# Derive Parseval's theorem in one dimension

Parseval's theorem (in one dimension) is a fundamental result in the theory of Fourier transforms. If $$f(t) \Leftrightarrow F(\omega )$$ are Fourier transform pairs and $$t$$ (time) and $$\omega$$ (angular frequency) are conjugate variables, Parseval's Theorem states (up to a constant of proportionality):

$$\int\limits_{t= - \infty}^\infty |f(t)|^2\ dt = \int\limits_{\omega = -\infty}^\infty |F(\omega )|^2\ d \omega$$

Here both $$f(t)$$ and $$F(\omega )$$ can be complex-valued, and $$| \cdot |$$ denotes the absolute value, and thus $$| \cdot |^2$$ is real-valued.

It is fairly straightforward to verify Parseval's theorem with the specific case of chosen functions, e.g., $$f(t) = e^{-t^2} \cos t$$, using FourierTransform and Conjugate.

My question is instead: How can one most elegantly and efficiently derive the theorem using the symbol-manipulation power of Mathematica?

The following is my trial for automating the manual deduction here. You can press Ctrl+Shift+t to transform the output to TraditionalForm to make it look good.

With[{int = Inactive[Integrate]},

ftformula[f_] := ℱ[f][ω_] :> int[f[t] Exp[I ω t], {t, -∞, ∞}]/Sqrt[2 π];

moveconj = Conjugate[int[expr_, tlst : {_, -∞, ∞}]] :> int[Conjugate[expr], tlst];

mergecoef = int[expr_, {t_, b__}] coef_ /; FreeQ[coef, t] :> int[expr coef, {t, b}];

exchange = int[int[expr_, tlst_], ωlst_] :> int[int[expr, ωlst], tlst];

extractcoef = int[coef_ expr_, {ω_, b__}] /; FreeQ[coef, ω] :> coef int[expr, {ω, b}];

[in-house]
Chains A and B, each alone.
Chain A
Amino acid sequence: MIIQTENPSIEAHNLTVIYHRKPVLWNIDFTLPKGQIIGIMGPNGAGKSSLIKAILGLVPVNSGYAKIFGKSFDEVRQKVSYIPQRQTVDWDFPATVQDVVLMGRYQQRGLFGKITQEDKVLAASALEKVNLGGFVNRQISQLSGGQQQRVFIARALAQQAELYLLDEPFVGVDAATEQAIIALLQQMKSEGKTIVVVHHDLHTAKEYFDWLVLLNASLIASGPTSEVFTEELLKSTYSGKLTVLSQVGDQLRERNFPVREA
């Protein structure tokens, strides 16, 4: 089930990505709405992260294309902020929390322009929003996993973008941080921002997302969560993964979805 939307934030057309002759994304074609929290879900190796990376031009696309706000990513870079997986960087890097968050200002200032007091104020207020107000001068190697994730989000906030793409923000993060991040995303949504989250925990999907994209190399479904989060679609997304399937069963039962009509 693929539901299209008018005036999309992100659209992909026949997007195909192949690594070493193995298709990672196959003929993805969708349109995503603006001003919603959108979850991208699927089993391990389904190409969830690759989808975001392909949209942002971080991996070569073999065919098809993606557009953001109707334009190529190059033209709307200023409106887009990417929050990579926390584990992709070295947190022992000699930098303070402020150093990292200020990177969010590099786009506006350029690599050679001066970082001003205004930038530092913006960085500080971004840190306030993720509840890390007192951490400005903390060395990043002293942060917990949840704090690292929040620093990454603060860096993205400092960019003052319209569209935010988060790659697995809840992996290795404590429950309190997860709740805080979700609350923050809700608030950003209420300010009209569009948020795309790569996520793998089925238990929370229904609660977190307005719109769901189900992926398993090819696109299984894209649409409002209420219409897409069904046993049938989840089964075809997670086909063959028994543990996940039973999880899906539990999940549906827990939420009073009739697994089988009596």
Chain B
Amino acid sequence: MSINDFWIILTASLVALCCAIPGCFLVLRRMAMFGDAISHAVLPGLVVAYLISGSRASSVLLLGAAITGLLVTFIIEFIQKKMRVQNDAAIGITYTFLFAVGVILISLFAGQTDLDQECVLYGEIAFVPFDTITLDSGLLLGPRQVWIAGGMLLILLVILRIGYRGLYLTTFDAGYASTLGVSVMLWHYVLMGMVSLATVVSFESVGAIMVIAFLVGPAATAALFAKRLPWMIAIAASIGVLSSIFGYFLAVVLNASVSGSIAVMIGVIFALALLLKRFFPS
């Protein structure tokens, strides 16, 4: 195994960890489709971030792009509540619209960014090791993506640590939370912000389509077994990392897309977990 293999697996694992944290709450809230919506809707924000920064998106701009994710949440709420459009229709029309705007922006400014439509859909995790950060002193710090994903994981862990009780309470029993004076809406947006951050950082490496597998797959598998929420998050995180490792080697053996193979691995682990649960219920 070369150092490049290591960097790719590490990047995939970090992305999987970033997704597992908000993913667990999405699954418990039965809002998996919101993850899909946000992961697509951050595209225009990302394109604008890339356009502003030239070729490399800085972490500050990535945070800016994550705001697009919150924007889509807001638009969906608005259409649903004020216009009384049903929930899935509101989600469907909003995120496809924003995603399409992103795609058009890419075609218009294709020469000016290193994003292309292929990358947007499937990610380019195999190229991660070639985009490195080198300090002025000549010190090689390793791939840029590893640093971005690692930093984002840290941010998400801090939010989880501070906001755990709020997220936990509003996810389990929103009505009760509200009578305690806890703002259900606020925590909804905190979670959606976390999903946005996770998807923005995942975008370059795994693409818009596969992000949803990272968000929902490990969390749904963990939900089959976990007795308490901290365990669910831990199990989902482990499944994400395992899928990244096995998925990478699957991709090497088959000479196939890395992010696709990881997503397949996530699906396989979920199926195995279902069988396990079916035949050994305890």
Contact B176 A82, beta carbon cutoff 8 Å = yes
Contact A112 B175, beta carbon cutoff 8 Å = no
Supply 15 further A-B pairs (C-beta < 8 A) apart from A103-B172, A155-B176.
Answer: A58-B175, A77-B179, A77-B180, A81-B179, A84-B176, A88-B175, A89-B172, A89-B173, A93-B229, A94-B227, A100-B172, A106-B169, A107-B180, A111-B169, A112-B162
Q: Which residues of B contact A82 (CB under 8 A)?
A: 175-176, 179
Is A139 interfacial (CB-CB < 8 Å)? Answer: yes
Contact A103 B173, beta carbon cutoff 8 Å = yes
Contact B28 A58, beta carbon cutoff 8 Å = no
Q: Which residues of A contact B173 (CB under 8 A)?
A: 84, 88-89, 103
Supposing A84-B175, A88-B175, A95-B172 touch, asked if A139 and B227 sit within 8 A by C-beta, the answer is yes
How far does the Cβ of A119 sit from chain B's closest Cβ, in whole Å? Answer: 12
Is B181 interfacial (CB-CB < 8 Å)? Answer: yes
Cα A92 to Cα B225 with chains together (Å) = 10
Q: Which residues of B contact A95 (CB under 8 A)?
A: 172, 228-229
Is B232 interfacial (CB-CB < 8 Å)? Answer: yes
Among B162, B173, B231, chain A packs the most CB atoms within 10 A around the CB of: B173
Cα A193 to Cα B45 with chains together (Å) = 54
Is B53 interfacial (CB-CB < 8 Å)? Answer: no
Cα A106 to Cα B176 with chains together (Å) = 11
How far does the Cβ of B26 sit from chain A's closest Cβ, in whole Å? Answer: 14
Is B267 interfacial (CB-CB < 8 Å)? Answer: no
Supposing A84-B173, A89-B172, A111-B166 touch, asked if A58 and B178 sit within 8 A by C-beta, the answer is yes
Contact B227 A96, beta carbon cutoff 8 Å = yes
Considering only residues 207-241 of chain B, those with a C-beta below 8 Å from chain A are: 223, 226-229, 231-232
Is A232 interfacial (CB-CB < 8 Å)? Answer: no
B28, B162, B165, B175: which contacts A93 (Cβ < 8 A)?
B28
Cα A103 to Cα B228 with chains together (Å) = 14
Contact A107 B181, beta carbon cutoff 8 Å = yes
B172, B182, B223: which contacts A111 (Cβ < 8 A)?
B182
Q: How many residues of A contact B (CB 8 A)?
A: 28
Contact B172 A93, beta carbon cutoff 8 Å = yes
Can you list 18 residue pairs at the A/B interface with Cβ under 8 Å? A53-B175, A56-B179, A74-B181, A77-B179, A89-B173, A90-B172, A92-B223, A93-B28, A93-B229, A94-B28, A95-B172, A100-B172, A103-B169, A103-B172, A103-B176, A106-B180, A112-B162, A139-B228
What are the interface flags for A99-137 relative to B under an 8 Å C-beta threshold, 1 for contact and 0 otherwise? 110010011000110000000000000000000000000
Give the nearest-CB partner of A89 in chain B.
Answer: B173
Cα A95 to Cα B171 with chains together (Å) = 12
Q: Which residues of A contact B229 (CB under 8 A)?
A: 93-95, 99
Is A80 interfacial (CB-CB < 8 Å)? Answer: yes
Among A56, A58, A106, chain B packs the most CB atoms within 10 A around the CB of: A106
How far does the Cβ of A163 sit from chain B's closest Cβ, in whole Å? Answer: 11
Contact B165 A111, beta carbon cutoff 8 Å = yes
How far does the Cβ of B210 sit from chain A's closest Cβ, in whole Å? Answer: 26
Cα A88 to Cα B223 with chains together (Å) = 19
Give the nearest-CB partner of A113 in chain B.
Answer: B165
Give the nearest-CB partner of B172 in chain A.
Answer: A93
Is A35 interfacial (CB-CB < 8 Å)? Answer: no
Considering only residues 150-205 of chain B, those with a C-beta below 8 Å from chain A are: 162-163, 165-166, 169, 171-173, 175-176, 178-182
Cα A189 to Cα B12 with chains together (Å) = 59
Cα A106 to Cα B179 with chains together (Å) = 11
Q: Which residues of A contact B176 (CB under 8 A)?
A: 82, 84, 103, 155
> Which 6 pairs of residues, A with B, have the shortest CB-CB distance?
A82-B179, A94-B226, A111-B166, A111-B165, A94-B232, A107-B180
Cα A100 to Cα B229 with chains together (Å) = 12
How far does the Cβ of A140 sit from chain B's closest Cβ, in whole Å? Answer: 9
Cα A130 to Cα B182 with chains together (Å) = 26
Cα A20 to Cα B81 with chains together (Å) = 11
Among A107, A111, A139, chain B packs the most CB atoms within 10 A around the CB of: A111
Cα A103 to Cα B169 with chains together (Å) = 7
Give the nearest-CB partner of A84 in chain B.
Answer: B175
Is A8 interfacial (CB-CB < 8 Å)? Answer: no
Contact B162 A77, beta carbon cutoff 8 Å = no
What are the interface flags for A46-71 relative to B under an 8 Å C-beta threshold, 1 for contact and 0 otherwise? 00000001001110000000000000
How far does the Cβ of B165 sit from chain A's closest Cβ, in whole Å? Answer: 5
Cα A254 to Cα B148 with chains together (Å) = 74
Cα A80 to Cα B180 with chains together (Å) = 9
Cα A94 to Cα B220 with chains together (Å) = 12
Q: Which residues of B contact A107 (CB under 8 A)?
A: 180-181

ift = int[ℱ[f_][ω] E^(-I t_ ω), {ω, -∞, ∞}] :> Sqrt[2 π] f[t];

step[1] = int[ℱ[f][ω] Conjugate[ℱ[g][ω]], {ω, -∞, ∞}]]


step@2 = step@1 /. ftformula[g]
(* There's a bug in TraditionalForm of Conjugate@Inactive[Integrate][…]. *)
(* To make the conjugate of integral display properly, use Activate. *)


step@3 = Simplify[step@2 /. moveconj, {t, ω} ∈ Reals]


step@4 = step@3 /. mergecoef


step@5 = step@4 /. exchange


step@6 = step@5 //. extractcoef


step@7 = step@6 /. ift /. extractcoef


So we manage to deduce

$$\int _{-\infty }^{\infty }(\mathcal{F}(g)(\omega ))^* \mathcal{F}(f)(\omega )d\omega =\int _{-\infty }^{\infty }g(t)^* f(t)dt$$

where $$\mathcal{F}(f)$$ denotes Fourier transform of $$f$$. Identity in the question is a special case of this identity, because

$$|f(t)|^2=f(t) f(t)^*$$

I admit the procedure still heavily depends on manual analysis so it's not quite satisfactory, but at least it illustrates the deduction without ambiguity.

• Thanks ($+1$)... Let's wait to see if a more elegant solution arrives. Commented Apr 12, 2023 at 16:21